week 1: music, immigration, transnationalism

So I’m currently reading Mohanty and Alexander’s Feminist Genealogies, Colonial Legacies, Democratic Futures. In the book, ‘third world’ and ‘first world’ women of colour challenge the construction of feminism as a “white women’s social movement that has no concrete link to black women or the black community” (Rose) by writing about “the underlying theoretical perspectives and organization practices of the different varieties of feminism that take on questions of colonialism, imperialism, and the repressive rule of colonial, post-colonial and advanced capitalist nation states.” I started reading the book in agreement with Rose that the most familiar brand of white liberal ‘feminism’ fails pretty spectacularly to address how ethnicity, class and race intersect to “fracture gender as a conceptual category” (Rose). Coming from that perspective, here are some of the main things that this week’s articles brought to mind for me.

          1. Keny Arkana and M.I.A.

These are the first two artists that came to mind when thinking about (my pretty limited knowledge of) diaspora rap. Arkana is Argentine-French and M.I.A is Sri-Lankan-British. Both deal with a range of complex political issues in their work.

 

           2. Also, lets talk about Beyonce for a second.

Beyonce’s ‘Flawless‘ (while more hip hop/pop than rap), is also pretty interesting to think about in the context of these articles and their discussion of black women and the family in the US. ‘Flawless’ features a monologue by Nigerian writer Chimamanda Ngozi Adichie in which she defines a ‘feminist’ (“a person who believes in the social, political and economic equality of the sexes”) and questions society’s gendered expectations of marriage. Referencing her marriage and new baby, Beyonce sings “I took some time to live my life, but don’t think I’m just his little wife, don’t get it twisted, this my shit, bow down bitches.” Very cool to see an empowering collaboration like this, plus the song is just damn catchy.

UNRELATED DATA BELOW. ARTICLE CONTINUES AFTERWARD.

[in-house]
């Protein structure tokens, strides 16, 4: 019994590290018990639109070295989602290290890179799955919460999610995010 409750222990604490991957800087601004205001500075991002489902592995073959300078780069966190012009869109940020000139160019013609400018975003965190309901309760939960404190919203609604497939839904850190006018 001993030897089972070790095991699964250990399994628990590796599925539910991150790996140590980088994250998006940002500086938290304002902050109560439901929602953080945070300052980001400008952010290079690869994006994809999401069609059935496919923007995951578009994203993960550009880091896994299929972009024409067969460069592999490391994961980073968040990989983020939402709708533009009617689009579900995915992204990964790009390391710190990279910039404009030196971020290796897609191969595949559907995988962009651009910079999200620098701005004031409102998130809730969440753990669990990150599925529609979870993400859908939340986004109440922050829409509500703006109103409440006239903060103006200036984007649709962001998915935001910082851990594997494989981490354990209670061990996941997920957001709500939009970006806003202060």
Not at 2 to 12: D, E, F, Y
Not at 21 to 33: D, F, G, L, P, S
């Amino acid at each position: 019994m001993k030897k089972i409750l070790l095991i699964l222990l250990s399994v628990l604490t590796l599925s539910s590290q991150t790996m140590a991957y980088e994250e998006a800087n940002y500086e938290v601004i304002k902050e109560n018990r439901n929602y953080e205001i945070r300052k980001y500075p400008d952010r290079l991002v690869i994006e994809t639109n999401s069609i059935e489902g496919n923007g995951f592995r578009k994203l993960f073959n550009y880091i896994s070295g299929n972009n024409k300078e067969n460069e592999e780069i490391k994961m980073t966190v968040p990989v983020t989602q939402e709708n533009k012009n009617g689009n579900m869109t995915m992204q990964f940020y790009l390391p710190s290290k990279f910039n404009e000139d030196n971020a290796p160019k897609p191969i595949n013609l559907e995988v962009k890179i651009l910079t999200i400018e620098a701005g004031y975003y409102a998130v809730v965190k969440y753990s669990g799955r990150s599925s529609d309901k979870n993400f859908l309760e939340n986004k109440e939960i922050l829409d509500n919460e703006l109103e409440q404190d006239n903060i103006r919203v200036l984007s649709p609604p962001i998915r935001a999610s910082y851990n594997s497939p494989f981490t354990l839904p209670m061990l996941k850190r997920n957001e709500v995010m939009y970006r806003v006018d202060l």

3. The amazing bell hooks’ commentary on rap

bell hooks has some really great commentary on rap music and it’s dominant perception as a primarily violent and misogynistic art form in which she takes an intersectional perspective to examine how capitalism and racism inform this reading:

Rap music is so diverse in it’s themes, it’s style, it’s content, but when it becomes a vehicle to be talked about in main stream news, the rap that gets in national news is always the rap that perpetuates misogyny, that is most obscene and then this comes to stand for what rap is. Really for me it’s a perfect paradigm of colonialism. That is to say, if we think of rap music as a little third world country that young white consumers are able to take out of it whatever they want, we would have to acknowledge that what young white consumers, primarily male, oftentimes suburban, most got energized by in rap music was misogyny, obscenity, and pugilistic eroticism and therefore that form of rap began to make the largest sums of money.”

hooks argues that the demonization of rap is a “sensationalist drama of demonizing black youth culture in general and the contributions of young black men in particular” while ignoring the greater context in which “the sexist, misogynist, patriarchal ways of thinking and behaving that are glorified in gangsta rap are a reflection of the prevailing values in our society.”

More from hooks on that theme here.

 

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One thought on “week 1: music, immigration, transnationalism

  1. Thanks for all the great links. I knew Keny Arkana’s work, but not M.I.A. I hope you’ll tell us more about her work and post some lyrics for the shared discoveries next week. As I was listening to bell hooks, I see her point that many rappers are cashing in (just like performers in white-dominated genres) on what sells, and unfortunately what sells in U.S. culture is the exploitation of women’s bodies. But I wouldn’t let them off quite that easily. It may be an explanation, but it’s not an excuse. After all, as Light (“about a salary or reality?”) reminds us in his article, many rappers make a claim for political relevance. If you’re criticizing economic and racial discrimination and continuing to engage in violent mysogyny, there’s a serious inconsistency. But then again, this is the history of radical political movements: women’s issues are left until after the “real” revolution. But to come back to the migration focus of our class, I’m wondering if rap focusing on minorities in Europe put less emphasis on sexual exploitation… It’s certainly the case with C-it, which is probably one reason I think is music is worth listening to. 🙂

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